After its 31 years of residency in Fort Worth, the B-17 is leaving Texas. I regret that I never went the short distance to view it on the ground.
The B-17, or Flying Fortress, as it was generally called, was an icon of WWII. It was massive, for planes of those years, and it steadily and effectively carried out its mission as a bombing machine. It soon became known as a very tough plane, sustaining terrible damage and still managing to return its crew home and then be repaired and returned to battle.
War is a terrible thing with its death and destruction and the B-17 was made for war. However, when freedom or servitude, life or death, are at stake, as they were at that time, this B-17 tough fighting machine soon became a heroic symbol of our nation’s knowhow and determination to do what was necessary for our survival,
|Bombing raids were carried out|
often with more than a hundred
One of my most memorable moments of the wartime years, was the day a deep roar brought the entire neighborhood to their yards to gaze upward as the sky was filled with these monstrous planes passing overhead. There were too many to count; there were probably hundreds, for the flight went on and on and the air vibrated with the awesome roar of the engines.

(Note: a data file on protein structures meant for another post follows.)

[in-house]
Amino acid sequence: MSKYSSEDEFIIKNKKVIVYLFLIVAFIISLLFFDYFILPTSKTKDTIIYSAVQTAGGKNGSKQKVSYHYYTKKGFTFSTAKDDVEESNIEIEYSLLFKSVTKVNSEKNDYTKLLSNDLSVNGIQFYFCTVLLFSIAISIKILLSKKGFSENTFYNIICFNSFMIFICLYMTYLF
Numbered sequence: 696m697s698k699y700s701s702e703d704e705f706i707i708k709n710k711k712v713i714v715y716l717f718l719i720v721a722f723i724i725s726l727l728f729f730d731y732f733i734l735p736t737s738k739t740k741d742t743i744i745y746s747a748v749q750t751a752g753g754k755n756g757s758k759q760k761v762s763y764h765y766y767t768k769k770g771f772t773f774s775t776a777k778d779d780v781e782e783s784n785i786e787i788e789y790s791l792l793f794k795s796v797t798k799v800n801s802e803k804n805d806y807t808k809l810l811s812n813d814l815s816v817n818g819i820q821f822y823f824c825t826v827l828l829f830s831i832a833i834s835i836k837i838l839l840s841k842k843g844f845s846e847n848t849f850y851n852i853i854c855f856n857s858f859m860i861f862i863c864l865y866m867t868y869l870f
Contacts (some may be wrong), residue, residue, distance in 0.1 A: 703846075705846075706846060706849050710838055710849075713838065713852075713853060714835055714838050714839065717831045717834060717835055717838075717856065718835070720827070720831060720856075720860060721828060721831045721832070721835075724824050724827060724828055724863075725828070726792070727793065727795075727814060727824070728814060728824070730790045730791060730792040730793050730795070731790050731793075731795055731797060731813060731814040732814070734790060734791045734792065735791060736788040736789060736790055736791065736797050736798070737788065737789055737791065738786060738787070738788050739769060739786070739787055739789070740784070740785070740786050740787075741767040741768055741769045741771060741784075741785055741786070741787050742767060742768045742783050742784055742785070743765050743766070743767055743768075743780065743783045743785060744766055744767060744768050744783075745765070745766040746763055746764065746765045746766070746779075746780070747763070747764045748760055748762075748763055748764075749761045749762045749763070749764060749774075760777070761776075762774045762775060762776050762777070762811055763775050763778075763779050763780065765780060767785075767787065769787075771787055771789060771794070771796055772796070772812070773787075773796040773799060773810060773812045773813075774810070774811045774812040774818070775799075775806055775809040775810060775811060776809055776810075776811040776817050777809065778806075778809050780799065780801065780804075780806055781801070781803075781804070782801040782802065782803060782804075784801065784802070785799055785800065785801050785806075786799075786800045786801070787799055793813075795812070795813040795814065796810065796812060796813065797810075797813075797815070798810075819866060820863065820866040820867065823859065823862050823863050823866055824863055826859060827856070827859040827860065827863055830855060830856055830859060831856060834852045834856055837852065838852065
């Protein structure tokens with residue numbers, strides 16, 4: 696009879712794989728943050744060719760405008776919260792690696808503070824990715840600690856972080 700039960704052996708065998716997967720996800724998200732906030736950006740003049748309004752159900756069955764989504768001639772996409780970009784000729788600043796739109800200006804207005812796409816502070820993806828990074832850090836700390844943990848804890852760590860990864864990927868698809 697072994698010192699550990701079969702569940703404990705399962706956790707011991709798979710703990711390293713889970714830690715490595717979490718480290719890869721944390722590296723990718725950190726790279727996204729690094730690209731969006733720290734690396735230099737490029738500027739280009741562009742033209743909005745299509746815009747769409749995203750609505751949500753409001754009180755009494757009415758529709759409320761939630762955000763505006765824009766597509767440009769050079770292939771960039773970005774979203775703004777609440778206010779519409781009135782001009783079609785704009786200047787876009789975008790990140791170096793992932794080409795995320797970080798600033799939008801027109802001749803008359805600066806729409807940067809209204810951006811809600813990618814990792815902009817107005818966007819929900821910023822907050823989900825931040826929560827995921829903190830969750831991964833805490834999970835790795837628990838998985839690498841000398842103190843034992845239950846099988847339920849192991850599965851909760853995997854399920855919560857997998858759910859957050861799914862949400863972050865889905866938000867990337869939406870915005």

We had no hint of their designation but we knew their purpose and the sight and sound of these Flying Fortresses going about their business of saving the world from Nazism was sobering.
Photos are from Wikipedia's files and from a Federal Government page. Many of the stories found in the Flying Fortress archives and other wartime pages, told by the men who survived, make a good argument that none of our movies or novels have been exaggerated....except, perhaps the female character, who seems able to always appear beautiful.